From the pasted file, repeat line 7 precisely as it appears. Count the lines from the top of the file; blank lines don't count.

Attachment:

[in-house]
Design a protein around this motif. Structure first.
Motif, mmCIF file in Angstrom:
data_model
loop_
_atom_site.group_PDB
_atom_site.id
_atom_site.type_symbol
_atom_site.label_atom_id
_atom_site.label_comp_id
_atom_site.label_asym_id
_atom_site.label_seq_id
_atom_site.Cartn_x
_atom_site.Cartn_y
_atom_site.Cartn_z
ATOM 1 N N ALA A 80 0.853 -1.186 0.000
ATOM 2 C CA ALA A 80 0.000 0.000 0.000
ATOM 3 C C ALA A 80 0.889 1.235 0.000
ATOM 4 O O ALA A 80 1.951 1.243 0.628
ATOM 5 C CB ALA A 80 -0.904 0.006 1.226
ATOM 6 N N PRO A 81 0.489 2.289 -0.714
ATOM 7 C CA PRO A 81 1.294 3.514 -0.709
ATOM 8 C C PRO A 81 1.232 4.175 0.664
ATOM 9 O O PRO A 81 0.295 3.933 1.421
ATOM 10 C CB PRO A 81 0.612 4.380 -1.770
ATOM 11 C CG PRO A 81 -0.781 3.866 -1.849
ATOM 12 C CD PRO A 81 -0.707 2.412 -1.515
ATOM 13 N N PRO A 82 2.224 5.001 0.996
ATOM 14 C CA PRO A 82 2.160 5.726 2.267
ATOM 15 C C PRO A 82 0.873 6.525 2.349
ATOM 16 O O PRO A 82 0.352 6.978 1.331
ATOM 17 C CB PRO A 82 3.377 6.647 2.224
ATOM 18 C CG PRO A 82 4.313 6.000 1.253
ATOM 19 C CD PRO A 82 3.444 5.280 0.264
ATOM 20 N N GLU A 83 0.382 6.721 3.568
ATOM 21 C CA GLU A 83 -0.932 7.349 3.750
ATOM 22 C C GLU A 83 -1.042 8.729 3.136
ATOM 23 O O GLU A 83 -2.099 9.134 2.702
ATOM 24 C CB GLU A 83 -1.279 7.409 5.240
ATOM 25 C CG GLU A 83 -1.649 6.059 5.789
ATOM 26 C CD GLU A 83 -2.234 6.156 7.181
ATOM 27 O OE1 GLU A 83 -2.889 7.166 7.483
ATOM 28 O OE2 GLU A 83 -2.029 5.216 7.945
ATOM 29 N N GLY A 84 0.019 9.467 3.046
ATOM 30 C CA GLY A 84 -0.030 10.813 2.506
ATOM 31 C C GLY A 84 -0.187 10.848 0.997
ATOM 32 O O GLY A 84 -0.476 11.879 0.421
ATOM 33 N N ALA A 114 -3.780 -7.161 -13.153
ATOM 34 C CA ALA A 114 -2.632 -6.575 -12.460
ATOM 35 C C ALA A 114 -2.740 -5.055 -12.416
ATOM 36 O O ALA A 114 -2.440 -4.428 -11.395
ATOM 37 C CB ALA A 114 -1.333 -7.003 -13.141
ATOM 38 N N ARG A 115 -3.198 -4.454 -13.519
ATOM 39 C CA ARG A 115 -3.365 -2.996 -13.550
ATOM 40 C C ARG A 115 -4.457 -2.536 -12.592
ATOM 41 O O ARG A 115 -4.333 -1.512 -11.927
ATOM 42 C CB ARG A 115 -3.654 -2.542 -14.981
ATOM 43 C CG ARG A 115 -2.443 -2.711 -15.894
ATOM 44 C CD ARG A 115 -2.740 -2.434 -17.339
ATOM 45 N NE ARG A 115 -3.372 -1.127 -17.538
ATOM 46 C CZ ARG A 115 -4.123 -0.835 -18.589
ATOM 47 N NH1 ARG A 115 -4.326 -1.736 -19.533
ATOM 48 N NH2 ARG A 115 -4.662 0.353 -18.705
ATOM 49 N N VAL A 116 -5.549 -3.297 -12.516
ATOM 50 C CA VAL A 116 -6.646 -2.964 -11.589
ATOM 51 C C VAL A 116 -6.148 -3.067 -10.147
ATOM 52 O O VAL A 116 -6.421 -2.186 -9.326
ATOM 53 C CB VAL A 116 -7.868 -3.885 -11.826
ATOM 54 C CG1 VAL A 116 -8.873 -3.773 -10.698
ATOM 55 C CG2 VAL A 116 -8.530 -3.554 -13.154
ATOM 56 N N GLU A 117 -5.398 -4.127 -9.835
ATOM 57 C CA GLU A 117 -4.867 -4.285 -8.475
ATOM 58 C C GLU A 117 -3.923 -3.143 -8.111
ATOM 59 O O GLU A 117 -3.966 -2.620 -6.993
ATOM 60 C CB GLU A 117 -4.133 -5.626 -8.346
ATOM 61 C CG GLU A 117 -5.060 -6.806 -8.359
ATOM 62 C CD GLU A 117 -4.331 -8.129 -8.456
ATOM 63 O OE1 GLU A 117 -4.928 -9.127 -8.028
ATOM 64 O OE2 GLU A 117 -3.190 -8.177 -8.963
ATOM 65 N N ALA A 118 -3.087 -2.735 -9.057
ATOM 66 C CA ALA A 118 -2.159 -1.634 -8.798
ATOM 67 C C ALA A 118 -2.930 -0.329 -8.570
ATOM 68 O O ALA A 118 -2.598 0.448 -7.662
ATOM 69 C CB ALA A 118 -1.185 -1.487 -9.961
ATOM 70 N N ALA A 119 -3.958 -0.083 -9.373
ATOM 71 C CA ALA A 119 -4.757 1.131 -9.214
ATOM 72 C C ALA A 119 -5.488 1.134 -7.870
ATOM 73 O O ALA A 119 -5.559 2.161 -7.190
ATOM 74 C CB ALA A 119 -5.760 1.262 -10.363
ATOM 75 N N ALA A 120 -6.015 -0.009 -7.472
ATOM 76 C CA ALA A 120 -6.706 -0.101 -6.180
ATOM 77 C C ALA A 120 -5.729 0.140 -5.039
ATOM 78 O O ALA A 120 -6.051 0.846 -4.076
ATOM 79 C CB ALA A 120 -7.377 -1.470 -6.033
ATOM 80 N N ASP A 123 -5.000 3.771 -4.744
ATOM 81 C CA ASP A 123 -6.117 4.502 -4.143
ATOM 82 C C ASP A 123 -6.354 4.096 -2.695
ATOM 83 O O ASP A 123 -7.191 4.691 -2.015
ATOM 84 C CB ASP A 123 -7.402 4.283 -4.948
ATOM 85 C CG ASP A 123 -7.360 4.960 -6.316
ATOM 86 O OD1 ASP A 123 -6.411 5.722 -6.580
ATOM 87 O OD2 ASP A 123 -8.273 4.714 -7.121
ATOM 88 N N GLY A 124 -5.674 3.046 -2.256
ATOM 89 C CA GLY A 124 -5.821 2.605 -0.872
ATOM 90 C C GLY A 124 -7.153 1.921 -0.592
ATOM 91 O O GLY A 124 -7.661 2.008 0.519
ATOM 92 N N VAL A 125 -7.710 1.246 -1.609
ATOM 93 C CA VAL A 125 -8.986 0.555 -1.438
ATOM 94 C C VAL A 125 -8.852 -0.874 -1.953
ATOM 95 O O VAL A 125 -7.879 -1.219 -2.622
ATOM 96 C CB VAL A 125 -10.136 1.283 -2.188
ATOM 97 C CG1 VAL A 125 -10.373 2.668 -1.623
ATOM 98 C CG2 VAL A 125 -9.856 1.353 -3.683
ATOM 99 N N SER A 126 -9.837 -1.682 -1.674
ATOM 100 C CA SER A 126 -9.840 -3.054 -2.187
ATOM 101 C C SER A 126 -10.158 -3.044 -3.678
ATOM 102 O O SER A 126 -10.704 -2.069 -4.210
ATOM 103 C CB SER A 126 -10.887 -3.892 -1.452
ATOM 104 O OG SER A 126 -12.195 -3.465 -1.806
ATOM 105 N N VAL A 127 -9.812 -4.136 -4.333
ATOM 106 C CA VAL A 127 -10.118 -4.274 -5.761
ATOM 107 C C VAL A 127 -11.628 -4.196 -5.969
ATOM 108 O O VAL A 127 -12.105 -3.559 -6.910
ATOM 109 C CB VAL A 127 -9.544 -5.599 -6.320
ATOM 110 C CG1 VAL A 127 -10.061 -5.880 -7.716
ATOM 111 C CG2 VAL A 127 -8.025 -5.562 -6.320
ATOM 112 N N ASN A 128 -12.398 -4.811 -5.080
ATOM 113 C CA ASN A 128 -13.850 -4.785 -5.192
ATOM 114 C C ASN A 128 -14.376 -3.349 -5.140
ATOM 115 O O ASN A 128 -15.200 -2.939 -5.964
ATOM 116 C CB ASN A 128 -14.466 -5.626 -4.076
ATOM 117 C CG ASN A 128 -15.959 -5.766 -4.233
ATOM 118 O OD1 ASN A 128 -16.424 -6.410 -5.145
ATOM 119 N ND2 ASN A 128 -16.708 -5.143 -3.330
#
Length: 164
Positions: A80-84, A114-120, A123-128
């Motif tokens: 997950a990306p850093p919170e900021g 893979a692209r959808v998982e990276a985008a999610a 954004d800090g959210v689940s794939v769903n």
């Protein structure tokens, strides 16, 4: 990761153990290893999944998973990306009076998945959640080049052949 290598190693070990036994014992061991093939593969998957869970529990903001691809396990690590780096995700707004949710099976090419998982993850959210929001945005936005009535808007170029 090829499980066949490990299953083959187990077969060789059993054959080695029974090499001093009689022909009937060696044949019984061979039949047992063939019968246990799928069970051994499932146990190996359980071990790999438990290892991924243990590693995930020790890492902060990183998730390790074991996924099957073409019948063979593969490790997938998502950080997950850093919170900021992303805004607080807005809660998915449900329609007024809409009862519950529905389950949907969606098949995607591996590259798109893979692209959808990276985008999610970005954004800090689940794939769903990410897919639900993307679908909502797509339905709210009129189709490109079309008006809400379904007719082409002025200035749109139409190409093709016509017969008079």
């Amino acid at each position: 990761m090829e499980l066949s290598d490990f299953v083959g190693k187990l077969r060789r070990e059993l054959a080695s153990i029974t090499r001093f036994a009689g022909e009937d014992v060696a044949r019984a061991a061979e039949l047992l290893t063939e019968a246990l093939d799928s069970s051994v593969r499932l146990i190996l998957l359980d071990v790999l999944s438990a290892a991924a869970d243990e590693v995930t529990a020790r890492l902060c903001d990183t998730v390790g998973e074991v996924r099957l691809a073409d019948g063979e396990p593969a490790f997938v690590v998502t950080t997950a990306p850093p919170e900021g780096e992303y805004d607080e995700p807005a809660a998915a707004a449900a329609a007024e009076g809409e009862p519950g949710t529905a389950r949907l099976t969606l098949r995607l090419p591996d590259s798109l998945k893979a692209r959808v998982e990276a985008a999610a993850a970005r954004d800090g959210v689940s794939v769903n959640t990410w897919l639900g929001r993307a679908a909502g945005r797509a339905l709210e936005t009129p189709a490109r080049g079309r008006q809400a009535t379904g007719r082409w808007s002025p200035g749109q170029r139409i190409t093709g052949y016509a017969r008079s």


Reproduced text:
_atom_site.id